Add another layer to your #Business literacy. We at Serebral360° would love to know if the Forbes – Entrepreneurs article was helpful, leave a comment, like and share. Lets dive in and discuss the information and put it into use to grow your business. #BusinessStrategy #ContentMarketing #WebDevelopment #BrandStrategy
Info@serebral360.com 762.333.1807 www.serebral360.com
Grap a copy of our NEW Business Stratgety Book #FFSS VOL1
Have you ever had a boss who comes back from every conference with two bushels of new ideas for you to start working on right now?
- “Hey, let’s change our process…”
- “I have a new top priority project for you.”
- “I need you to start….”
It’s a gritted-teeth smile you give him or her because you already have a full day/week/month. It’s not that your boss has bad ideas; it’s that you’re busy and you can’t get to the gee-whiz stuff without making a mess of what you’re working on.
I used to be that boss. I’m trying hard not to be that boss anymore. It comes down to how I process the conference’s insights and share them with the rest of the BFO team.
When I hit a session at a conference, I’m trying to close gaps or find tips and tricks to make life or business easier. Rarely do I attend a conference, webinar or other event and come away with a just one big earth-shattering idea. Instead, I walk away with a notebook chock-full of scribbles and ideas that I want to share with a team member of two to move the needle in a specific area.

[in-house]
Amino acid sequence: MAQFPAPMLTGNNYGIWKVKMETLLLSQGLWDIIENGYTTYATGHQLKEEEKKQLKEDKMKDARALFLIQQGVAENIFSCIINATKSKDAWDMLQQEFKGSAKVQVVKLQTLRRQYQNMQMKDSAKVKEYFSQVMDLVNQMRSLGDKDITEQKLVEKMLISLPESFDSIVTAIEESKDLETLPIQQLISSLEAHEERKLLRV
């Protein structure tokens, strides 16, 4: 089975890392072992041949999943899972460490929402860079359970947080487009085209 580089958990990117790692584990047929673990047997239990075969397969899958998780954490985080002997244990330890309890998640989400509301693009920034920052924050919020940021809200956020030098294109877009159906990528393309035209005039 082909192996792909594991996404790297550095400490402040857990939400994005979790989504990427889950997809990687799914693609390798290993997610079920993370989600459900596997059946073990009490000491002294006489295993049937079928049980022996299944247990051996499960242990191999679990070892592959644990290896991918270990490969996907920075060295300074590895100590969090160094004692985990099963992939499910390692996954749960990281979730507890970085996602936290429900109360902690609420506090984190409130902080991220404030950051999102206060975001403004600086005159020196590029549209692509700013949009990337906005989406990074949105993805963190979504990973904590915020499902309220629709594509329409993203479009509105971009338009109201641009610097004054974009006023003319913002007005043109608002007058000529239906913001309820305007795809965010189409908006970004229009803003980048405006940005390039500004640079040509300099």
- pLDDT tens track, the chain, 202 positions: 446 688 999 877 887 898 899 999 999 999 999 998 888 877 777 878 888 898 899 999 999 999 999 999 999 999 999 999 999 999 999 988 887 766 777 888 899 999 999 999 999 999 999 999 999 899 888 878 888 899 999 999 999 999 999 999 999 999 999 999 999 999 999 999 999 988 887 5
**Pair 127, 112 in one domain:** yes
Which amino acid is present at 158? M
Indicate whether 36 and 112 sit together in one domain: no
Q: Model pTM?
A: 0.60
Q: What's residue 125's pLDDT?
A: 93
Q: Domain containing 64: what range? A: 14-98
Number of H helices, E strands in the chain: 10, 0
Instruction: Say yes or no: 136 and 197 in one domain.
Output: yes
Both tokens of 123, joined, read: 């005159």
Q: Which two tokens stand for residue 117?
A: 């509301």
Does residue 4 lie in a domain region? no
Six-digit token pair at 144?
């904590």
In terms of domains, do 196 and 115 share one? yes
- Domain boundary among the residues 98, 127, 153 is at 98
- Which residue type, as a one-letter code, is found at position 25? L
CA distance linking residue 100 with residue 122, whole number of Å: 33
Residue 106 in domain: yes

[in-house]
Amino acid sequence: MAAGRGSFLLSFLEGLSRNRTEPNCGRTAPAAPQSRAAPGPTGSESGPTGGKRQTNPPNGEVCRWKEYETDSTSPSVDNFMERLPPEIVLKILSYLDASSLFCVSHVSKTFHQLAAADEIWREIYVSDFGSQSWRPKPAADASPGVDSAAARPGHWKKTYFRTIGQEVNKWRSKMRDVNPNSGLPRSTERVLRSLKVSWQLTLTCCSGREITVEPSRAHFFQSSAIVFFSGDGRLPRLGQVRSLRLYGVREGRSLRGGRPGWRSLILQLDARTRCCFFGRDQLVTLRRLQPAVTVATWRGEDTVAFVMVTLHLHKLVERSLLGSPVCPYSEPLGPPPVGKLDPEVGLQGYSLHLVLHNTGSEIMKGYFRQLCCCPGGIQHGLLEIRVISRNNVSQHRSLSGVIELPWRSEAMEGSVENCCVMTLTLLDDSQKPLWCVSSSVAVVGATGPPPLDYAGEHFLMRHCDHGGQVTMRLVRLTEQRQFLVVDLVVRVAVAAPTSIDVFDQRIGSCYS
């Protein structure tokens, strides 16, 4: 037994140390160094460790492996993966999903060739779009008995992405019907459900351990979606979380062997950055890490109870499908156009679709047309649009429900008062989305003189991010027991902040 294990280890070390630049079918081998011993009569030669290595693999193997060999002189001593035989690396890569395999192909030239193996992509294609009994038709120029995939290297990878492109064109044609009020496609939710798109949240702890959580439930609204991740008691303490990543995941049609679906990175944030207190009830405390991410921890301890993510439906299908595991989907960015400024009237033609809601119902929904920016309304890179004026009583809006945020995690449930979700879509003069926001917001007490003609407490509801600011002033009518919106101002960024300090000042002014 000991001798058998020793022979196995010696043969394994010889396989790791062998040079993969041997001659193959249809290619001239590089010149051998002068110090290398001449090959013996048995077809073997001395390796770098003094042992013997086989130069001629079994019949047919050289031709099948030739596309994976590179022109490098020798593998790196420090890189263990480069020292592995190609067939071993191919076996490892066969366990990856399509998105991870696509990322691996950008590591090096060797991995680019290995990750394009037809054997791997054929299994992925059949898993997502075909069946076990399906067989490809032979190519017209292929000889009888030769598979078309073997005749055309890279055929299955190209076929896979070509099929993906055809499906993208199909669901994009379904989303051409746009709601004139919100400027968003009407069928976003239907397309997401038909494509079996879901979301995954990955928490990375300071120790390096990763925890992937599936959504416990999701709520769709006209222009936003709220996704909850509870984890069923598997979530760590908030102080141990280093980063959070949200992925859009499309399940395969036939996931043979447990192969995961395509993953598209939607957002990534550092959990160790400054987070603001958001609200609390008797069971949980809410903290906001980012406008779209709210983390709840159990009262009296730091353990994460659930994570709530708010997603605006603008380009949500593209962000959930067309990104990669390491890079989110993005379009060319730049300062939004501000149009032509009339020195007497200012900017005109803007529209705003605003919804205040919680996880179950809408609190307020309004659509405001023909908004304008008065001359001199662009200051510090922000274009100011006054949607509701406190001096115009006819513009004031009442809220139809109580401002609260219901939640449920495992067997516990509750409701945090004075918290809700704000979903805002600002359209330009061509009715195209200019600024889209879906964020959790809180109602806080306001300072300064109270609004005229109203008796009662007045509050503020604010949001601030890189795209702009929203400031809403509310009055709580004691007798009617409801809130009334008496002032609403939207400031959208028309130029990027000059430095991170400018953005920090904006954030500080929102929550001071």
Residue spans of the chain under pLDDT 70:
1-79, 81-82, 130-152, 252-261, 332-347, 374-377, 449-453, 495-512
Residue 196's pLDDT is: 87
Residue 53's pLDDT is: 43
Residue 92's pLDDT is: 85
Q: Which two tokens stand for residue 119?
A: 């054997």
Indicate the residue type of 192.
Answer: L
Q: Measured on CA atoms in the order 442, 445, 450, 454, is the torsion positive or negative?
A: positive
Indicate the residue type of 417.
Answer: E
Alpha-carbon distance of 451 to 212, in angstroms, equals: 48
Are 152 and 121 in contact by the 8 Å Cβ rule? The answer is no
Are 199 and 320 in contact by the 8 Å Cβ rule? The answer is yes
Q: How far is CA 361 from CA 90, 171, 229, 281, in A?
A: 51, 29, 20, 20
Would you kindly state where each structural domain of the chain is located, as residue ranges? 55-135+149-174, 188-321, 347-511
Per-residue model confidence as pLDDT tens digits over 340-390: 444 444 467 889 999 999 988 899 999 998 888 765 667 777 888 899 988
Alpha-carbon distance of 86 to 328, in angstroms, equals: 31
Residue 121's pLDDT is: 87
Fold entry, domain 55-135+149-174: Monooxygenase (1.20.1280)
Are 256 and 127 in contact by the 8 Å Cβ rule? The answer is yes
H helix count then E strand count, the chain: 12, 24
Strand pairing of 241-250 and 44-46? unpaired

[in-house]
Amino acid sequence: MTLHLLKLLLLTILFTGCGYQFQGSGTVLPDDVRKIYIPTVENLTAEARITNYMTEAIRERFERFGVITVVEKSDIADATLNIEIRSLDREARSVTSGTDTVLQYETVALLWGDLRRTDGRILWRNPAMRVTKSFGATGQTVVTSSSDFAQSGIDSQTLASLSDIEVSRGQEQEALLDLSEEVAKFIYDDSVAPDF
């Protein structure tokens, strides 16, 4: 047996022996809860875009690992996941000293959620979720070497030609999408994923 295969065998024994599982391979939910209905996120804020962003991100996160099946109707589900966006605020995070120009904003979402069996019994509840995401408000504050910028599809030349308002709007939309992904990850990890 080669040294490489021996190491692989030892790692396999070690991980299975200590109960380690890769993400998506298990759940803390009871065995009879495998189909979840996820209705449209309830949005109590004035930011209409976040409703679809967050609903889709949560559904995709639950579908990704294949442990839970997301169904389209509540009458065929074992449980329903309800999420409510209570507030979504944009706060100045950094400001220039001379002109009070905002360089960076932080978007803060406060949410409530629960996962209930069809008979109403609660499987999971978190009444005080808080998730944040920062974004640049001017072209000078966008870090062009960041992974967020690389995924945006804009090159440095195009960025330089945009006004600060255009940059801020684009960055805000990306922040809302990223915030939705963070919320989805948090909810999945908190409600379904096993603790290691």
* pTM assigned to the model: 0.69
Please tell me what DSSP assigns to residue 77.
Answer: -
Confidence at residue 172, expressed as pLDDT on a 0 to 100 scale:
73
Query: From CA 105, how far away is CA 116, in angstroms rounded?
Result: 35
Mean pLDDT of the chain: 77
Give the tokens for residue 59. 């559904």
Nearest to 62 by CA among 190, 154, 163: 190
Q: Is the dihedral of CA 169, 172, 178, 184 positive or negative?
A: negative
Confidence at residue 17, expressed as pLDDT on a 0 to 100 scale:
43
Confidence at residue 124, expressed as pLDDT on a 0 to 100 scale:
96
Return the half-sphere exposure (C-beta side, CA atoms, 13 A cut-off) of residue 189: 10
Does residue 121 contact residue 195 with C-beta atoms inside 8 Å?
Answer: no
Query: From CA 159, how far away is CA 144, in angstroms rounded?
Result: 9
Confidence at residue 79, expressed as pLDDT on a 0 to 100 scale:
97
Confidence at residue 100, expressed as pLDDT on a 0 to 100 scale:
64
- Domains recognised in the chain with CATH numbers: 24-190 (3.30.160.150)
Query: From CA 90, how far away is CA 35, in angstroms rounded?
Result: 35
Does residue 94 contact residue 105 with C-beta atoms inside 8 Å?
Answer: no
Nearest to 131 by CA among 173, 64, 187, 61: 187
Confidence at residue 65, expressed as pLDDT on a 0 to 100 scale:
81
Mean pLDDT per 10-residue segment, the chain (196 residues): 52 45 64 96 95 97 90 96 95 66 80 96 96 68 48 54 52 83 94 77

The old me used to want to share every idea as soon as I picked it up. A good session would trigger me to fire off notes that would tie up slack channels and fill inboxes. Every time I thought I had something amazing, I let loose. I thought I was creating gee whiz, but the only whiz I was creating was a whizzed off team.
When I got back to the office, I couldn’t get my ideas implemented. Heck, I couldn’t even get them any daylight. I put myself in their shoes. That’s when I realized I was the problem. Folks come in every day to bust hump, do great things and keep clients smiling. Then here I come with a notebook full of distractions. Holy smokes, what I saw as inspired genius (in the truest Wile E. Coyote sense) was, to them, nothing more than a series of distractions!
Now, I operate differently. I still take the same notes. I still circle and star ideas. But, I let those ideas sit for a few days, for a week, or for even longer before I even think about sharing nearly all of them.
When I look again at my notebooks. I sort those stars into the great, the bad, and the what-the-hell-does-that-even-mean categories. I cull and do more analysis. I rewrite each great idea in my own words and consider how to apply it at BFO in a tangible way.
It takes some time to turn ideas into initiatives. Once you have given yourself that time, tick down your list of initiatives and ask yourself these questions:
- How big an effect will it have on my business?
- How long will it take?
- How much will it cost?
When you have answers for each initiative, share them with a person you trust to give you feedback and help complete due diligence on the one or two highest-value initiatives.
January 21, 2018 at 08:00PM
Forbes – Entrepreneurs